Friday, January 11, 2008

Visiting the Sumilao Camp

Visiting the Sumilao Camp
By Mark C. Brazil

Yesterday afternoon, I happened to meet a friend who is closely working with the Sumilao Campaign. After short exchanges, I decided to join them and visit the Sumilao Farmer's Camp just outside the DAR Region X Office here in CDO. They have camped in the vicinity for almost two weeks now, still hoping that the Malcanang promise will be implemented real soon.

It was my first time to meet the young marchers after they came back here in Mindanao. I have known some of their elder leaders during previous gatherings and mobilizations in Bukidnon but meeting the young people, mostly children of the Sumilao farmer-leaders, moved me with a sense of curiosity and awed me with the same conviction that is in their eyes. Indeed, the conviction of freeing their people from the battle that lingered them for years is now strengthened and purified after they joined the 1,700-km walk for justice.

Hearing their stories during the walk has in a way conscientized me as they shared their struggles along the way and how much they bear the pains and sores of everyday walking for 60 days. Many times they said that they thought of quitting and surrender to the mental and physical challenge, yet the vision of reclaiming their land and the commitment to the community that they left behind in San Vicente, Sumilao motivated them to be strong and continue marching. I can feel the weariness that they shared as they took Day 1 with at least 5O kilometers stretch from their hometown to Puerto in Cagayan de Oro and the challenge they faced trekking the muddy and unpaved road of Samar which they referred as the hardest part during the walk.

As they shared, one thing struck me when one of them said:

"Abi namo kami na ang pinakalisod nga tawo pero mas nakita namo nga naay uban nga mas naglisod didto dapit sa Visayas. Mga balay nga hinimo gikan sa lukay ang atop ug bong-bong ug ang ilawon pita. Abi namo pobre na gyud kaayo mi pero naa pa diay lain. Nalipay mi nga bisan sa ilang kalisod, sila nakahatag gihapon ug usa ka baso nga bugas alang namo. Sa among pagpadayon sa martsa, amo silang giaapil sa among tinguha. Nga ang among martsa dili lang alang kanamo sa Sumilao kundi sa tanang kabos nga mag-uuma sa tibouk nasud".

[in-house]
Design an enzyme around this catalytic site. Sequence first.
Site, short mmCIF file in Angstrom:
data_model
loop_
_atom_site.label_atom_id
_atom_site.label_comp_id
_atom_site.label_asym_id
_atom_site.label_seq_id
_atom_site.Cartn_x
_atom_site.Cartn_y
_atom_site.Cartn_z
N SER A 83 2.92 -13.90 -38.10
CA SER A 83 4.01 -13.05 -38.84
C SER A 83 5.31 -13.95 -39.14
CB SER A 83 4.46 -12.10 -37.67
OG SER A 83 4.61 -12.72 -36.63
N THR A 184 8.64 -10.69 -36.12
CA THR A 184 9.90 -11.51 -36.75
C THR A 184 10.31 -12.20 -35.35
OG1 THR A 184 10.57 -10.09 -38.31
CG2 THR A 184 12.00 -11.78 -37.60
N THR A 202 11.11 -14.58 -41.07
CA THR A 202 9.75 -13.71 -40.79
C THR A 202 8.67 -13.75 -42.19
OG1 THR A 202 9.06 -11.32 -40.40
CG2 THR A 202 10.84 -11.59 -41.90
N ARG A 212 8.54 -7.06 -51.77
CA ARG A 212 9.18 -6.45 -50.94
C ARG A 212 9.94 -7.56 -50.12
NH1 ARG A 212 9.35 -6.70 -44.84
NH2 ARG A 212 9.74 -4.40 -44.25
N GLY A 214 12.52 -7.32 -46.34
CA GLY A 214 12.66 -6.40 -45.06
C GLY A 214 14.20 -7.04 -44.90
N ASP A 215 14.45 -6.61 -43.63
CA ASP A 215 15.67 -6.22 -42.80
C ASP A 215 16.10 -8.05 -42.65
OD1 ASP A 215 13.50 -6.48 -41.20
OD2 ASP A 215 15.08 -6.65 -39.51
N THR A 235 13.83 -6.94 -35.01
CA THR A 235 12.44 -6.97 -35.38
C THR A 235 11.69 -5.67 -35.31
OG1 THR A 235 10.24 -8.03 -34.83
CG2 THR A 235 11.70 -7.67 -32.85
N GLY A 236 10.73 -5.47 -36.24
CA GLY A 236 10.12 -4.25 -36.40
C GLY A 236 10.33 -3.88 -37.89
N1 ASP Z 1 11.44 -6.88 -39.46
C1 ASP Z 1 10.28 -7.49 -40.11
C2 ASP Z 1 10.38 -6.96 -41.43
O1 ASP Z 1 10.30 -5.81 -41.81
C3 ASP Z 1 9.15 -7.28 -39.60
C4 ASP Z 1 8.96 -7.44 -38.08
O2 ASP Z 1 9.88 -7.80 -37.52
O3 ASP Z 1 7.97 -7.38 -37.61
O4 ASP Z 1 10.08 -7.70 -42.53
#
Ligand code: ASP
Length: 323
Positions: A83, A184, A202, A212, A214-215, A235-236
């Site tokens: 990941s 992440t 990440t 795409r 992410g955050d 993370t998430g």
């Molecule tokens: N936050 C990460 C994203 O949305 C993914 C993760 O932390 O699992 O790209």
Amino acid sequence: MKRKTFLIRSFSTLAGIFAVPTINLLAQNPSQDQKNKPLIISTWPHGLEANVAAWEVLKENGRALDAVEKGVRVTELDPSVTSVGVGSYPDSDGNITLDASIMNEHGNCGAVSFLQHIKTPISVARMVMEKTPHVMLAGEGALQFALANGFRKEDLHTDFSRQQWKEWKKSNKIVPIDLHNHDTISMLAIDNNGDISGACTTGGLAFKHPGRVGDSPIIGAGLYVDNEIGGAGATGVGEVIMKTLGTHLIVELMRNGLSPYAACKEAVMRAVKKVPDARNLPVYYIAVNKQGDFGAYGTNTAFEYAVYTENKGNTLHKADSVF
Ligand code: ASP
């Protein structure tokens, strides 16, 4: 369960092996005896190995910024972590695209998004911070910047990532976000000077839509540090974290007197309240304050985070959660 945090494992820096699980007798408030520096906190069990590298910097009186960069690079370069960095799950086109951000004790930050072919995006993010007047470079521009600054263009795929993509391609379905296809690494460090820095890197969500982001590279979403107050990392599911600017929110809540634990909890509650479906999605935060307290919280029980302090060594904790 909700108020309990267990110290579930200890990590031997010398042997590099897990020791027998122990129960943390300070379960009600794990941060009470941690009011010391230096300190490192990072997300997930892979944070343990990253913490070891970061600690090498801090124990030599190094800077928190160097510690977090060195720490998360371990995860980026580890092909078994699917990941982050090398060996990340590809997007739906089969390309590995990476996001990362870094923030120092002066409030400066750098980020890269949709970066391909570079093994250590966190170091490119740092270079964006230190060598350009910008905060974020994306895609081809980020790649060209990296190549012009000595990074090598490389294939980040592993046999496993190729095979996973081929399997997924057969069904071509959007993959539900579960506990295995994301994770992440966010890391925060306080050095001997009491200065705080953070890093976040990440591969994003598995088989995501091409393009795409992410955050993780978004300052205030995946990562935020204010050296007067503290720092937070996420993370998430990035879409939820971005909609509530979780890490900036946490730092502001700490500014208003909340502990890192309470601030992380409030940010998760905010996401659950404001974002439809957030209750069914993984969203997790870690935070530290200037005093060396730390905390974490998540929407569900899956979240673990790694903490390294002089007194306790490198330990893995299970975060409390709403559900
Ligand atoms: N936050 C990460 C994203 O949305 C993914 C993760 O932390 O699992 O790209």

Having heard that, I am proud to have met them and listened to their stories. I can see in them the wisdom of their elders strongly inculcated in their youth. The walk have transformed them and earned them the learning that no Masters or PhD Degree can surpass. Such was a feat that bonded them stronger and united them in their call: Reclaim the 144 hectares, nothing much, nothing less.

As we circle around inside the makeshift tent, seated in matted plywood flooring just above the drainage canal, the rain that pours heavily outside worried them. The heavy rain in the past days had caused the drainage to overflow, submerging the tent's floor with floodwater leaving them standing in a corner and sleepless overnight. Such was a mess and a hassle but it has not tried them much. They have been through much more than that during the march. Thanks to Mother Nature for cooperating with us this time.

The noise caused by the raindrops that hits the tarpaulin roof was drowned as the guitar strums with a very familiar tune and my friends readily chorused,

"Lalaya din ang lupa, mga magsasaka. Tutulungan sila ng mga manggagawa. Babawiin ang lupang ninakaw ng iilan. At ang bunga ng lupa'y, bayan na ang aani"

As I sang with them, I felt the unity, faith and passion that gives them the reason and the hope to stand firmly to what their elders and the present generation of Higao-on farmers have been fighting for.

While we enjoyed sharing stories with the company of new found friendship, we were disturbed by the clashing noise of the pan, signaling that dinner is served in few moments.

The banquet is prepared and we heartily shared the ginisang corn beef and fried dried tilapia matched with a pot-full of white rice. The sharing of stories continued while we dined together until the heavy rain left only drizzles which reminded me that its time for me to go.

I bid them goodbye but with an assurance of visiting them again soon. As I walked out from the tent, I am a newer me, now fuelled with extra load of passion inspired by nine of my newfound young friends.

Now with a louder voice, I call:

President Arroyo, Issue the Cease and Desist Order!

DAR, Issue the Notice of Coverage for the 144 hectares in Sumilao!

Mabuhay ang Sumilao Farmers!

Padayon sa pakigbisog!

Note: Pictures inset were from previous mobilization in San Vicente, Sumilao,Bukidnon.